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Posted by / Monday, December 5, 2011

Sunday Supper: Hungarian Goulash (Gulyás)

Being half Hungarian from my dad's side and having my grandparents close by, I grew up on plenty of stick to your bones meat and potato Eastern European food. I am thankful for that in many ways.

Being fortunate enough to visit Hungary on two separate occasions and both times having goulash a part of that trip — I knew this was one dish I must learn. On the open flame outdoors with the preparation in the morning taking a couple of hours and the actual cooking time taking up most of the afternoon, I always know the season has turned cooler when we prepare to make this dish stateside.


Borrowing the historical information from another Hungarian (The Hungarian Girl), Goulash has a very fascinating story dating back as far as 896 A.D.

In Hungary, the dish is called “gulyás” meaning cattle stockman or herdsman. It got this name because the herdsman of Hungary often traveled far from home on horseback with their flock of sheep or steers to find better pastures on the Hungarian plains. At nightfall the herdsman’s would build a bonfire, slaughter an animal and then cook it in a large pot hanging over the fire known as a bográc.

Our version of this dish, as with most, is quite simple and contains lard (this greases the bográc), 7-8 pounds of beef, 3-4 large yellow onions, generous amounts of paprika, tomato paste, black pepper and traditional Hungarian spices (or Mrs. Dash) — all layered in a process over and over again until the pot is full.

The tomato and Hungarian banana pepper tops everything off really just for decoration as the bográc is placed over an open flame.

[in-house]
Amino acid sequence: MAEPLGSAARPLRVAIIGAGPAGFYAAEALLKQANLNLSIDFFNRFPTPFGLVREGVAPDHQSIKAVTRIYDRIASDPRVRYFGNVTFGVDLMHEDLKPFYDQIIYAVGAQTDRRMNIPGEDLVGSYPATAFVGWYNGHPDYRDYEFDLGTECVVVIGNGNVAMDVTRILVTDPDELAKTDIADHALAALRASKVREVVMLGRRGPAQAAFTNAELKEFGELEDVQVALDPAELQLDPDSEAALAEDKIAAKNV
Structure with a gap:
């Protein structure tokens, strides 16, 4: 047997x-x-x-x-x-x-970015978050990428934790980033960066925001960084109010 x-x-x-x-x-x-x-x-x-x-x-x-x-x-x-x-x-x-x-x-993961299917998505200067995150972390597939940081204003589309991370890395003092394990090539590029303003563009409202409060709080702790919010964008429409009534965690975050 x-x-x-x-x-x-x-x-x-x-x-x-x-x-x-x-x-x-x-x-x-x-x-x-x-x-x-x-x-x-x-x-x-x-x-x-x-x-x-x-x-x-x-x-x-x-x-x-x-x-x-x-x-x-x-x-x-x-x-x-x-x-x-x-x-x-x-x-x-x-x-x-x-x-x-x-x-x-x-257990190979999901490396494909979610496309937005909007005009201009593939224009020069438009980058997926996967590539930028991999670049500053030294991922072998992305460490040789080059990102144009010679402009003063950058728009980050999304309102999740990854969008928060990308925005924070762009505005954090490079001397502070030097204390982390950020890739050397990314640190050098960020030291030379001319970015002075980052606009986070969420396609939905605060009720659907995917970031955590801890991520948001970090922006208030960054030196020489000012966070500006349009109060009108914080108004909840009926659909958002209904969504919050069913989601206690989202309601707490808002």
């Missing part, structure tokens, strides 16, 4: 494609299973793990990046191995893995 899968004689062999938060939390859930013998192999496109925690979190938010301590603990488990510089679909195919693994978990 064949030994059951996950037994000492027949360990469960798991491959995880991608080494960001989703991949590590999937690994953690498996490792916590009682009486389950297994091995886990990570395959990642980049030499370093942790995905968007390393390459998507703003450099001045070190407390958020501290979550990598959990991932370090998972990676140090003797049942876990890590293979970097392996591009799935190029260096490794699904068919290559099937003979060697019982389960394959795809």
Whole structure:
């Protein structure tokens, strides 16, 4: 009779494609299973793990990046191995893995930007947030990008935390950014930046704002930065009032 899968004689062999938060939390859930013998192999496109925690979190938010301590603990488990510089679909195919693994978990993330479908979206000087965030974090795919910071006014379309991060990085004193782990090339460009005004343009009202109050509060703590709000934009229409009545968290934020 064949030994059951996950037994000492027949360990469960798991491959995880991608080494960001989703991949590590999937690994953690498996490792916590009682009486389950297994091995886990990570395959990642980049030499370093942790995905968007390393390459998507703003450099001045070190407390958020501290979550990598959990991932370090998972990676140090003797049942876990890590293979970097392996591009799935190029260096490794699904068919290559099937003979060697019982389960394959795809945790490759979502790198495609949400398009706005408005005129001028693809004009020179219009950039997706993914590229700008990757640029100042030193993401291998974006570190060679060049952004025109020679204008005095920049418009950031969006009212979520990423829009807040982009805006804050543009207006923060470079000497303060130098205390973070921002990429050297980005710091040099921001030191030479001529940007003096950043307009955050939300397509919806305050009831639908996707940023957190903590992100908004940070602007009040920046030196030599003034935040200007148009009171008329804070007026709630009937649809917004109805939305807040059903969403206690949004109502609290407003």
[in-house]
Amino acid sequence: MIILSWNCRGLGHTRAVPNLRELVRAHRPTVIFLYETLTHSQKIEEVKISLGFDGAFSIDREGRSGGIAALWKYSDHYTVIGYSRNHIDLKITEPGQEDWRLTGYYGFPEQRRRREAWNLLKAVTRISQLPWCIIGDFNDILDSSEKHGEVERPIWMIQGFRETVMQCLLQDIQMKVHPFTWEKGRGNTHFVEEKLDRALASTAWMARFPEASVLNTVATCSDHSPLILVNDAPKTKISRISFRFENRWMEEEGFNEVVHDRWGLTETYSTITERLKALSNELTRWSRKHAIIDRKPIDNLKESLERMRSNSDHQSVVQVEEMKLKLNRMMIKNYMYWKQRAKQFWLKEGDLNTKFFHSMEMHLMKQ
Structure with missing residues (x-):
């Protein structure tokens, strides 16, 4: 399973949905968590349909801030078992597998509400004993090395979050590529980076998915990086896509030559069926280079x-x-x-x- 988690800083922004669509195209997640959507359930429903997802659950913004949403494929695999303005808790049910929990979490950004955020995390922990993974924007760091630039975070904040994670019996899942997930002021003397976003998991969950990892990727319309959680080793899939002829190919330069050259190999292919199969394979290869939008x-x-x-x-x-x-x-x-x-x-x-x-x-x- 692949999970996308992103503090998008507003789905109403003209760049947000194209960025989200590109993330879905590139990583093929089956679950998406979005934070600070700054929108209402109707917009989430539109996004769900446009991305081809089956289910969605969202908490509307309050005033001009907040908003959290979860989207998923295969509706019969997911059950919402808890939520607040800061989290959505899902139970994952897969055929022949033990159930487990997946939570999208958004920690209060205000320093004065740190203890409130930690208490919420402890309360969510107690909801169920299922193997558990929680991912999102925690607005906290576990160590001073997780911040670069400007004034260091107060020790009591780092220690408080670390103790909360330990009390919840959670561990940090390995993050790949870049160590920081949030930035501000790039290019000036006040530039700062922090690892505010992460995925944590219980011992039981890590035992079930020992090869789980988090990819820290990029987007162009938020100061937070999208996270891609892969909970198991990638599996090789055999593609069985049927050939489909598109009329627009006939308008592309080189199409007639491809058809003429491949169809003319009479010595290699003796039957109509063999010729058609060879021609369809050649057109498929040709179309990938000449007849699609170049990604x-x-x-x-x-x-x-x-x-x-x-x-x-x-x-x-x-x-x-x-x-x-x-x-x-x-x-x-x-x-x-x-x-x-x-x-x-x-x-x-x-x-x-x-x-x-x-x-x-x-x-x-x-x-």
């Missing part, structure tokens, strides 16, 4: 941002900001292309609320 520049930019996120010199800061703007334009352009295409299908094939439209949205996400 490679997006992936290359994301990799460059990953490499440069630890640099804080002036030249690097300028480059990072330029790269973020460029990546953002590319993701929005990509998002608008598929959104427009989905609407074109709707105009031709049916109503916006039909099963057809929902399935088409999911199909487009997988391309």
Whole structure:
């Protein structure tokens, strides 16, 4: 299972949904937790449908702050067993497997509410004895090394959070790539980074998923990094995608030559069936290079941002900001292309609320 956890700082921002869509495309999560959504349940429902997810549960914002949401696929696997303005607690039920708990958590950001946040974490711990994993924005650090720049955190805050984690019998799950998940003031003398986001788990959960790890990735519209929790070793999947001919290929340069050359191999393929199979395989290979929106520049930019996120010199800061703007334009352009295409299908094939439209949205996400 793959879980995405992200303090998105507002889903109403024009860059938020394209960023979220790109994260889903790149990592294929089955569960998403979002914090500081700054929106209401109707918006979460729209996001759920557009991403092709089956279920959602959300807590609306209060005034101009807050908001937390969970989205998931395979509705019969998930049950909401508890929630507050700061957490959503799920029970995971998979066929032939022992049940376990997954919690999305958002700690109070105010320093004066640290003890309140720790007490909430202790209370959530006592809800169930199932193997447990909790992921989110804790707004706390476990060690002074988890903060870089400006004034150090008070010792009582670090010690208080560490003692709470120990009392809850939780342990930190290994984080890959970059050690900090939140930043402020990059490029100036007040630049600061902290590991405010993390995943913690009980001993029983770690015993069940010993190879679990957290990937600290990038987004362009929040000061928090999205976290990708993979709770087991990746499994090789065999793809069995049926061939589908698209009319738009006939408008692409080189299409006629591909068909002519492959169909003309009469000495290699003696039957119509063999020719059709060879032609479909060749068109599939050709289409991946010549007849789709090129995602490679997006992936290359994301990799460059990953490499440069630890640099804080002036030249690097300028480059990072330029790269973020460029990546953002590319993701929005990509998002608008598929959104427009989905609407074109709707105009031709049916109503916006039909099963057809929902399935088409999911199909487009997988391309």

As you can see from the video above the lard comes into play as the pan heats up. You want to be able to gently twist the pan which causes the pan to spin freely. This is especially important as to not let the bottom layer of onions burn. Then you wait - 2 1/2 to 3 hours, gently twisting the pot and adjusting the chain. You really want just a slight simmer.


Note there was never any liquid added to the dish. Between the onions, meat and the slow cooking — it creates its own broth. So much so, you may have to strain some off during the cooking process as seen above. The orange hue from the paprika creates a flavor you will not soon forget.

For this amount of beef (7-8 pounds) it took about 4-4 1/2 hours to go from the raw beef to the goulash consistency above.


The cooked meat is then served over Hungarian nokedli (similar to dumplings or pasta) which my grandmother always made from scratch. As opposed to using a metal grater or spatzel tool she would used two spoons to pinch the dough and drop it immediately into boiling water. Spoon the goulash over top of the noodles and you can always dollop with sour cream.

This one family dish I am thankful I have documented as I want to keep this tradition going forward and passing it down to my children and grandchildren.

What dishes are traditional in your household? Have you sat down with your parents and helped create the dish so you can carry on the tradition?

E.A.T. local E.A.T. well

4 comments:

  1. That looks so filling and delicious! The way it is cooked reminds me of dutch oven recipes which are quite popular out here in the wild west.

    As for family traditions...I am part Polish and Czechoslovakian (I believe my Grandad was from the now Slovakian region). I remember pierogi were made quite often, but it's been several years since we've made them. The Czech meals were largely meat based and quite similar to many of the Hungarian dishes you post. Suppose that makes sense as the countries are neighbors :)

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  2. What a wonderful recipe and what a fun way to cook it.

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  3. @Monica we are neighbors (in a sense). So love pierogi's!

    @Cuisine de Provence it is a day long event but well worth it!

    E.A.T.

    ReplyDelete
  4. Your hungarian recipes is so authenthic, so the words about things you use have to bee it too. It´s call *bogrács* , not *bográc* - you forgot one *s* on the end :)

    ReplyDelete

"Some people eat to live; I live to eat." -Tim Vidra

An avid home cook, I believe in using simple ingredients, local when possible and am inspired by the principles of supporting a sustainable food system. I’ve cultivated this blog as a way to share my passion for the preparation and enjoyment of food in a way that everyone from beginners to long time foodies can get involved in.

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